Why ETFs are Taking Over the World

by ETF Base on September 9, 2012

Over the past several years, we’ve seen ETF inflows increasing dramatically while mutual fund outflows seem to continue unabated. This has been driven by several factors ranging from better fee structures to lower tax liabilities to bad press on actively managed mutual fund performance and other factors. Here are some observations I’ve had in the past few years as I’ve watched this phenomena unfold:

  • ETF Criticism – No financial innovation goes without the seedy side, bubbles, exploitation and ultimately, unintended consequences. Just like collateralized debt obligations were not necessarily a bad thing for the mortgage and banking system until sub-prime lending caused a crash, ETFs were meant to provide a more simple, cost-effective investment vehicle for investors. What we’ve ended up with over the years has been a spate of ETFs investors don’t understand (leveraged ETFs, futures ETNs, volatility ETFs, etc.) and many ETFs that are more like gimmicks than investment vehicles (like water ETFs that barely profit from water shortages around the globe). ETFs are not perfect and the ones that are heavily criticized are often deserving of some criticism. The free market usually takes care of that by forcing issuers to eventually close funds due to lack of interest (hence, lack of fees generated) like some leveraged ETFs, religious-based themed ETFs, and many others over the years.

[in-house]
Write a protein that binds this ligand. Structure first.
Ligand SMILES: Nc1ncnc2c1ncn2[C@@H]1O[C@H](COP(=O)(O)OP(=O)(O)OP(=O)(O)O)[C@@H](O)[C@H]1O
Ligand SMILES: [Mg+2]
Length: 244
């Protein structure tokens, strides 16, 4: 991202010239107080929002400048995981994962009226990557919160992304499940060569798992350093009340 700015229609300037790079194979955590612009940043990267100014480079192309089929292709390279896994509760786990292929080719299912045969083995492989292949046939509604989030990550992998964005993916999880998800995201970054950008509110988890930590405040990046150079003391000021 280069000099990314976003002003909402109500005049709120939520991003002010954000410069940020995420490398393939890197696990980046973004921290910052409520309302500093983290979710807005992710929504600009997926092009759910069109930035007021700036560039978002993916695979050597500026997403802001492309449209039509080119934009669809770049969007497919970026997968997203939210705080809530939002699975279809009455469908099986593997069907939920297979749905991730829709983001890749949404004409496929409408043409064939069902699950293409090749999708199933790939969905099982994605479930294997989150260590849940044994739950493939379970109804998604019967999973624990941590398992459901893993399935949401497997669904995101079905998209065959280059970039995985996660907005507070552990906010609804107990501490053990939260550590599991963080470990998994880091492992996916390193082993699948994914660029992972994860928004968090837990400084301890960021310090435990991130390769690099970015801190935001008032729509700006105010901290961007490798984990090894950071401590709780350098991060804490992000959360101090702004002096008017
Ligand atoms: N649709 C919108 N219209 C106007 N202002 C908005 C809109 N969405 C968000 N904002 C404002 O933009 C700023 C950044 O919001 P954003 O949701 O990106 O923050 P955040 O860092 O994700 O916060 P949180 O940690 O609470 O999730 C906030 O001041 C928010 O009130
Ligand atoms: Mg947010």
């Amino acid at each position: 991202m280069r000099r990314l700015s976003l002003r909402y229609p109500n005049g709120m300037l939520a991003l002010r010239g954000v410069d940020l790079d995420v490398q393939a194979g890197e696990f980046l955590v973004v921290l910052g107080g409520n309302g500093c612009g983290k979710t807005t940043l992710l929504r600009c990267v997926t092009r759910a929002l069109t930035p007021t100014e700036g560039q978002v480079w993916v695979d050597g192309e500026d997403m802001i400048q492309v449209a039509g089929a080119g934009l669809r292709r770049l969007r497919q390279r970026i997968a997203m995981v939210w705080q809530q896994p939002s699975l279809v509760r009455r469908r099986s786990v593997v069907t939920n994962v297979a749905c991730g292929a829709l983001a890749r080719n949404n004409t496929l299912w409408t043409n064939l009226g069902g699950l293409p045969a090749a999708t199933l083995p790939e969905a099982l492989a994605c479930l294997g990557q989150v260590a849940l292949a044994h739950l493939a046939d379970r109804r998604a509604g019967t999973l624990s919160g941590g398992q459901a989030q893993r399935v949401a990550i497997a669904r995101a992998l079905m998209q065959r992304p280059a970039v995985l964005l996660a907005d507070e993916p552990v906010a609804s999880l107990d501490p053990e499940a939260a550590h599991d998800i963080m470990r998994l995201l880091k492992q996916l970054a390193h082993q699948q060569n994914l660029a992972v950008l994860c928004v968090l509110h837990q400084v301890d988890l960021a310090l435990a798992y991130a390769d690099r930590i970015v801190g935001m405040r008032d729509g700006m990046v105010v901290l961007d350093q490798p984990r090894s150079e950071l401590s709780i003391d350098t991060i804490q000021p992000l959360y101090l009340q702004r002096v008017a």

• ETF Benefits – Aside from some of the benefits I listed above, with key attributes like lower fees, more liquidity and better tax treatment, many ETFs are simply providing a better net return on investment. At the end of the day, that’s what matters most to the common investor. When you consider that most actively managed mutual funds can’t match their benchmark, while ETFs can virtually match most benchmarks minus a few basis points for fees, that’s a win right there. Then, there’s a the diverse sectors and hedging available through various ETFs.

What I’m really waiting for is when ETFs take over mutual funds in 401(k) and other retirement plans. I’ve called the death of the mutual fund in the past and aside from further inroads with retail investors and some regulatory changes, I don’t see what’s stopping the further encroachment of ETFs into mutual fund market share.


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